One of the questions I've been asked most frequently about my new book, A Place Called Heaven, is why we should even be thinking about Heaven with all of the current events unfolding before our eyes. As this world is increasingly engulfed in political chaos and international conflict, we increasingly long for a better place.
But beyond offering encouragement, thinking about Heaven actually makes us more effective here on Earth. You have probably heard the trite adage about people who are "so heavenly minded they are of no earthly good." Frankly, I've never met a Christian who thinks too much about Heaven.
Our problem is, we think too little about Heaven. As C.S. Lewis observed, "If you read history, you will find that the Christians who did most for the present world were precisely those who thought most of the next."
There are four reasons why we should think about and learn about that "place called Heaven."
Focusing on Heaven reminds us of the brevity of life.
While most people live as if they're never going to die, it is still true, as George Bernard Shaw famously quipped, "The statistics on death are impressive. One out of every one dies." And after this comes eternity — somewhere. The decisions we make in life set our eternal destinies. Like the psalmist in 'The Prayer of Moses', we must ask God to "teach us to number our days" (Psalm 90:12). This knowledge creates a heart of wisdom which will spur us to action on earth.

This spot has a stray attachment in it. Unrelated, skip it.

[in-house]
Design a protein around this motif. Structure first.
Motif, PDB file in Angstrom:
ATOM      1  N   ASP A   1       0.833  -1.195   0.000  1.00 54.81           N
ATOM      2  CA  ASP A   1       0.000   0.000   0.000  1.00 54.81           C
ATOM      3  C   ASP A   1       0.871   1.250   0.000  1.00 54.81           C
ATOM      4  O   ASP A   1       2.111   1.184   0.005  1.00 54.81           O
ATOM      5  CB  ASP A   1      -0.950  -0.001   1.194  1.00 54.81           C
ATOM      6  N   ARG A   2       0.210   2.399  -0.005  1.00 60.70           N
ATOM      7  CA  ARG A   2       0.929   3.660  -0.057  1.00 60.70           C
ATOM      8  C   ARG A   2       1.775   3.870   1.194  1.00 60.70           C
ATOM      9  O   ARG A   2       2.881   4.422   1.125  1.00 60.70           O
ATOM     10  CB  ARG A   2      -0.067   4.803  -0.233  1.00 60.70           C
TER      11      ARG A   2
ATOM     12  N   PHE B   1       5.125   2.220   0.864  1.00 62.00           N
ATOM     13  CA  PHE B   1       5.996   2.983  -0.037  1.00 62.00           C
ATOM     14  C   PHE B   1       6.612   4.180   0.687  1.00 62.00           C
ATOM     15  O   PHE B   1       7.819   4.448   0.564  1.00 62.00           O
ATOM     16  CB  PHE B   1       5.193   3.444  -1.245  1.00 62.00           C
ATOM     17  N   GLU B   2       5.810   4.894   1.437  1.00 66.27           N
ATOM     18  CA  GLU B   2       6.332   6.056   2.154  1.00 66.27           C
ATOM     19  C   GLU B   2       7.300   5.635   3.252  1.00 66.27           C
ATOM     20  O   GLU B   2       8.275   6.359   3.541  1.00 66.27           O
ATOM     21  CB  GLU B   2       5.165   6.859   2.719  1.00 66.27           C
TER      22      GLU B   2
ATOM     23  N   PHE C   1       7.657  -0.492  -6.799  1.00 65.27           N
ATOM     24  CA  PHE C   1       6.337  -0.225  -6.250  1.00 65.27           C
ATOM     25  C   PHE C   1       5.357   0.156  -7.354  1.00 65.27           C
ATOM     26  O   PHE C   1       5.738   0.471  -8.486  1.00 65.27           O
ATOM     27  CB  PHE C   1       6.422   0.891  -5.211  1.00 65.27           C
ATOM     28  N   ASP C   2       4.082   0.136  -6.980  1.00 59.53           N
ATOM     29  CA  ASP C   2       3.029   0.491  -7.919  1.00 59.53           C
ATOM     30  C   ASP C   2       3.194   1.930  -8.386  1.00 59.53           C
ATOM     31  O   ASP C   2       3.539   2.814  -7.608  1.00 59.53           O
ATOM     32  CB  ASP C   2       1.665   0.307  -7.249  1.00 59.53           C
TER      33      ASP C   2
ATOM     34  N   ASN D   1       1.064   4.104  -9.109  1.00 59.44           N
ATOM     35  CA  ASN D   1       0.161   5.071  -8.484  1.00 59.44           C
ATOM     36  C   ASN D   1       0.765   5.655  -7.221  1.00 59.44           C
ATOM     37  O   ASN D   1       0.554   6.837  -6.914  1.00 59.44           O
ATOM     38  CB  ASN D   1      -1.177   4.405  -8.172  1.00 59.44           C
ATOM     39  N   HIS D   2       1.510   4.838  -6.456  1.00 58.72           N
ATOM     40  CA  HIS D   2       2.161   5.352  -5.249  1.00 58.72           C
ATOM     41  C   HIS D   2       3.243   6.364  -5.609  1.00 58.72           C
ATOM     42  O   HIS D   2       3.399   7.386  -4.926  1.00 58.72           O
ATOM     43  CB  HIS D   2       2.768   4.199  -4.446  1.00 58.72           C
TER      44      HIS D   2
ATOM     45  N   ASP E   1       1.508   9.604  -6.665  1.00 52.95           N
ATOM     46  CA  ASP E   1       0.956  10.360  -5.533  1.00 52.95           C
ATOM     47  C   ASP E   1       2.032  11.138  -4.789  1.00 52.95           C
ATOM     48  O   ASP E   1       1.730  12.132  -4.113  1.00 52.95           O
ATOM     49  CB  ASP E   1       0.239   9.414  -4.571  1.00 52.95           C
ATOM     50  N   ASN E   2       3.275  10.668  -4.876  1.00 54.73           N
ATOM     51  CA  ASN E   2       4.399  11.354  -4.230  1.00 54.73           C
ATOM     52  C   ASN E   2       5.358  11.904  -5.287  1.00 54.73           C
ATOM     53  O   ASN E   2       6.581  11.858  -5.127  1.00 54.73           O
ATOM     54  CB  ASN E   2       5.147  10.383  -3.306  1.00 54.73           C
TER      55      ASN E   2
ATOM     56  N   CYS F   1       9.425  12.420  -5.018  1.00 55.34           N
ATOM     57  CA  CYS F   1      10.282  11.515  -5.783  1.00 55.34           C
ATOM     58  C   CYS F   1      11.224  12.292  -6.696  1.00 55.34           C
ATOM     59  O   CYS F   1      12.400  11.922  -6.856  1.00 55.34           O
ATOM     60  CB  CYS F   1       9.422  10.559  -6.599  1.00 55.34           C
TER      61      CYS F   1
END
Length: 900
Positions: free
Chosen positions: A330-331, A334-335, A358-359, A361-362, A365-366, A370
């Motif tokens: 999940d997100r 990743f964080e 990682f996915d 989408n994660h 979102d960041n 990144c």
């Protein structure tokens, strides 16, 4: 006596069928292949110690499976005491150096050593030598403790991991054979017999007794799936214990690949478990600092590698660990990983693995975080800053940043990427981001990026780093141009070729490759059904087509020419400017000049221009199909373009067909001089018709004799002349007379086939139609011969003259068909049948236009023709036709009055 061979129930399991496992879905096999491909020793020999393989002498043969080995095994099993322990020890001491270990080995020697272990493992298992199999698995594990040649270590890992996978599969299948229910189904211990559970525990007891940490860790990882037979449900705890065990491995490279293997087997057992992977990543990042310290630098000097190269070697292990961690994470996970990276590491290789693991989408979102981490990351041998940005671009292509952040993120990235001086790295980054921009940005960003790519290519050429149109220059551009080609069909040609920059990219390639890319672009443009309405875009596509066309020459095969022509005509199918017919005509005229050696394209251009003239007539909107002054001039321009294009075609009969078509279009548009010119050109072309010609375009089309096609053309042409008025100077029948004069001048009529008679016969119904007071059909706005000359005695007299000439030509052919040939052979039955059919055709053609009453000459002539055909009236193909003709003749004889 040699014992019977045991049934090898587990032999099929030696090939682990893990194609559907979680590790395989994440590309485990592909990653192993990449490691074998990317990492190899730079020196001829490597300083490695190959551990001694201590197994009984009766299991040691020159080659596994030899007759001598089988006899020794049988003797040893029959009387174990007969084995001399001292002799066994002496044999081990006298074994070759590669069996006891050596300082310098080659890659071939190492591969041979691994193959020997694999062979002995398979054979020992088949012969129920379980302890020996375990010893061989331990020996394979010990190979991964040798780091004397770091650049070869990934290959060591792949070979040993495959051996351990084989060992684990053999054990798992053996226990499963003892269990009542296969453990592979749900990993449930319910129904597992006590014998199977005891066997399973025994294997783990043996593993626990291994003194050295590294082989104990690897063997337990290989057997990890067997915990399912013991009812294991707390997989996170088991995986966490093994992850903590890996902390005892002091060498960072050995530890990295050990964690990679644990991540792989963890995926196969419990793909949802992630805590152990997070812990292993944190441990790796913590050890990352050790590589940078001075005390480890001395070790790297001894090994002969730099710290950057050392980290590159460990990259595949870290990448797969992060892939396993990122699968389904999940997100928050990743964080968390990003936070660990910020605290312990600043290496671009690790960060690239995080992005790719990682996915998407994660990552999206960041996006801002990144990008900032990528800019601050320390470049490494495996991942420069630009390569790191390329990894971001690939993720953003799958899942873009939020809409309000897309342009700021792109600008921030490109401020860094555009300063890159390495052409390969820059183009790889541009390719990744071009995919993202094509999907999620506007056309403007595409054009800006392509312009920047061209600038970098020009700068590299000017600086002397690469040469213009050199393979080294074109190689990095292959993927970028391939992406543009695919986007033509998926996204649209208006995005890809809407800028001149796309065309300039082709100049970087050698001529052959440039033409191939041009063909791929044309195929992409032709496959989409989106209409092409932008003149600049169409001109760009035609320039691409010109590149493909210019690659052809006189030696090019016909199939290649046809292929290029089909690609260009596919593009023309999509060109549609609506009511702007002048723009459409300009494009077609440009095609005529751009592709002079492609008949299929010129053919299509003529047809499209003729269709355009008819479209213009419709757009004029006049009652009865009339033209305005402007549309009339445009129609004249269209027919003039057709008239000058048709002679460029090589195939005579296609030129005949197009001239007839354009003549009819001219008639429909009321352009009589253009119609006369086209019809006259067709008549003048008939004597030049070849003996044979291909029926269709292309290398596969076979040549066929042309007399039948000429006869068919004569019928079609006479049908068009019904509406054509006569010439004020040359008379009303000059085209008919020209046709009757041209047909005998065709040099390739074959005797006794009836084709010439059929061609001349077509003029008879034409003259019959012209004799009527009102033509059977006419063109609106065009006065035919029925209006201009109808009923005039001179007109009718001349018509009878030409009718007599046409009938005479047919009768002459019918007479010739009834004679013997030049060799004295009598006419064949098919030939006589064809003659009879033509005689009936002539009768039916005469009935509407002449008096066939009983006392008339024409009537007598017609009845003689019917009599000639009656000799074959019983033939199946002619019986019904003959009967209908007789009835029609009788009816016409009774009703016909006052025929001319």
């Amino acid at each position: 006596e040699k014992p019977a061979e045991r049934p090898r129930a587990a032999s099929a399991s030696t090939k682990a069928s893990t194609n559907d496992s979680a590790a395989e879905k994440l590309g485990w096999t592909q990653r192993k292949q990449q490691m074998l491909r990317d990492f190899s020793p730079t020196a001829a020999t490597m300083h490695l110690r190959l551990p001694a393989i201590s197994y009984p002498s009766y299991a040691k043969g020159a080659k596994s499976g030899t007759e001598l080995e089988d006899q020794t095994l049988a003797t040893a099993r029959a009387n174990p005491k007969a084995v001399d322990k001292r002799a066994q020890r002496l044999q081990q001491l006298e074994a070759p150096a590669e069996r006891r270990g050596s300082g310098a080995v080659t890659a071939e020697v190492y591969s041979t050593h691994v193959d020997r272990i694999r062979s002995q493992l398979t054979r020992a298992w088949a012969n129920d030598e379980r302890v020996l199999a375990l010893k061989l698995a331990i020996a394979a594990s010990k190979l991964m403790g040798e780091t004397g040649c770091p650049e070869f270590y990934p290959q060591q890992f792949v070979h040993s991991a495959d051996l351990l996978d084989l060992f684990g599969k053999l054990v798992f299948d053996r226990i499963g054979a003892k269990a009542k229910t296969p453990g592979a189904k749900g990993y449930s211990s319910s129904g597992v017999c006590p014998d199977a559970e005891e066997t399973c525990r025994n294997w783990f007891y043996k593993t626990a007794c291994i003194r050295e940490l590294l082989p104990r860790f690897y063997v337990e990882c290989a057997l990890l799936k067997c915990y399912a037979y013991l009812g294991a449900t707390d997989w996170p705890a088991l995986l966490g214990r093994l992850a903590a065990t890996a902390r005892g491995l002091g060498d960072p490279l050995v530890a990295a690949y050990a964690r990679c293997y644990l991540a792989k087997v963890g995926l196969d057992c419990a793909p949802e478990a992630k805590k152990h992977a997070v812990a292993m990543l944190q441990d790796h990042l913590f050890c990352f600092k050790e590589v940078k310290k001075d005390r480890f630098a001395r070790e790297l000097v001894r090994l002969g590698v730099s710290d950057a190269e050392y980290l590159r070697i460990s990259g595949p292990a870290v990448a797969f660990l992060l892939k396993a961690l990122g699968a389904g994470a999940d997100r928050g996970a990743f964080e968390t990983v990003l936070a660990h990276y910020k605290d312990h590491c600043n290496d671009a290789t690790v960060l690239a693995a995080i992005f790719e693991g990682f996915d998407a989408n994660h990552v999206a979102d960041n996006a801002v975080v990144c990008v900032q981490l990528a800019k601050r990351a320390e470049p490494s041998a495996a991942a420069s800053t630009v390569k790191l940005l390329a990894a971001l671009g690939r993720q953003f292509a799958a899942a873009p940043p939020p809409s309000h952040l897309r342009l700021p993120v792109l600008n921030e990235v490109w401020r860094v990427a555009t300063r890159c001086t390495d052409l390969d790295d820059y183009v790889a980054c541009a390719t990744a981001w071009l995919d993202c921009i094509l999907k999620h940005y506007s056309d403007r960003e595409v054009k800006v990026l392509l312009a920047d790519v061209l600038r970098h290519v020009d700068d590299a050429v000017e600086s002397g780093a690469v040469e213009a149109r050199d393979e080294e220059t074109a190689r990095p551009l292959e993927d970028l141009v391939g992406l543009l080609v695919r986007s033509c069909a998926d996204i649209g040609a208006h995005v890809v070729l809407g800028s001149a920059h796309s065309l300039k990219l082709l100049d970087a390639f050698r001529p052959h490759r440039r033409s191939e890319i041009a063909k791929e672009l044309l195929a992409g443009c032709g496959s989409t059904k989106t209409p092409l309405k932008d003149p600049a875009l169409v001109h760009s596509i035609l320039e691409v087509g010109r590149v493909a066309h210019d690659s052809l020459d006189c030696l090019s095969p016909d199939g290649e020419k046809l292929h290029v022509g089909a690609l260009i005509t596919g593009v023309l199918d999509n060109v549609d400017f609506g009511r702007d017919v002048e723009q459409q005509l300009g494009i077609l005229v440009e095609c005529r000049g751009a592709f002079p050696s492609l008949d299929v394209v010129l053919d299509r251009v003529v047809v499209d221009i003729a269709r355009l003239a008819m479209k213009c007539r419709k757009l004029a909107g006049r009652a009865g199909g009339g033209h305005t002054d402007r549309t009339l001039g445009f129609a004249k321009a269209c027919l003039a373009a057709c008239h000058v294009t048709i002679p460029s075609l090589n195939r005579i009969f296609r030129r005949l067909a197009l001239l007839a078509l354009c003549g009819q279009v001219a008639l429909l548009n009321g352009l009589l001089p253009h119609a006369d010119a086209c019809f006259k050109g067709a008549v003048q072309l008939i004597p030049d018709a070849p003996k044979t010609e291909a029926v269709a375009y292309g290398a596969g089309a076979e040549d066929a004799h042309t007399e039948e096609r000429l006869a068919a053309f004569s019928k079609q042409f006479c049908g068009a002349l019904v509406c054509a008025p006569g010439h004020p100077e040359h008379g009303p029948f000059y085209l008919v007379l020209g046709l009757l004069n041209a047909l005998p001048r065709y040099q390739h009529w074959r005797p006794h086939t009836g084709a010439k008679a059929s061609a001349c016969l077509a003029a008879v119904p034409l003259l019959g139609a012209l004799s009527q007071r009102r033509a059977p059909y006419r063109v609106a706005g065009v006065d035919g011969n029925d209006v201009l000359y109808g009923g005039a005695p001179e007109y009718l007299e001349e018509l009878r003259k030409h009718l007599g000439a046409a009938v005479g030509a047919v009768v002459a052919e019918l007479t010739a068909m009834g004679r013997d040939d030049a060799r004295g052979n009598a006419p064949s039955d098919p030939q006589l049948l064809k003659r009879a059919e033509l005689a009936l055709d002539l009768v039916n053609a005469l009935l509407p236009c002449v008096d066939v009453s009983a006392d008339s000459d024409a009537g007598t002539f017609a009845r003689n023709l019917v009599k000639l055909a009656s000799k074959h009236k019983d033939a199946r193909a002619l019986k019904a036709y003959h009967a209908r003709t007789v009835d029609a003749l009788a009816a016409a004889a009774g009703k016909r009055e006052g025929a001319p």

Focusing on Heaven prepares us for the certainty of judgement.
The Bible says that non-Christians will certainly face eternal separation from God. But even Christians will face a judgment – or evaluation – by God. In preparation, the Apostle Paul exhorts the Corinthian church to walk by faith and not sight, "for [all] appear before the judgment seat of Christ [to be] rewarded for what [they have] done" (2 Cor. 5:10). We ought to live every day of our lives in anticipation of that judgment.
Focusing on Heaven motivates us to live pure lives.
One of the best detergents for keeping our lives spotless is keeping our eyes focused on the promise of heaven. The writer to the Hebrews said that Moses, the son of royal privilege who was surrounded by the luxuries of Egypt, willingly endured "ill-treatment with the people of God" rather than enjoying "the passing pleasures of sin," because "he was looking to the reward" he would receive in heaven (Heb. 11:25–27).
Focusing on Heaven places suffering in perspective.
One of the questions I'm asked most frequently as a pastor is "Why did God allow (some horrific experience in their life) to happen?" God never completely answers the "why" question when it comes to suffering. However, He has given us the promise of heaven to put suffering in perspective. The Apostle Paul — who was well acquainted with suffering — wrote confidently:
For momentary, light affliction is producing for us an eternal weight of glory far beyond all comparison, while we look not at the things which are seen, but at the things which are not seen; for the things which are seen are temporal, but the things which are not seen are eternal. (2 Cor. 4:17–18)
Somebody has observed, "From the perspective of Heaven we will see our worse suffering on Earth as no more than a one night's stay in an inconvenient hotel."
How we wait for this "place called heaven" — whether with anticipation or anxiety, whether with focused or unfocused living — matters both now and in the future. For what we do on earth today reverberates in the halls of heaven forever.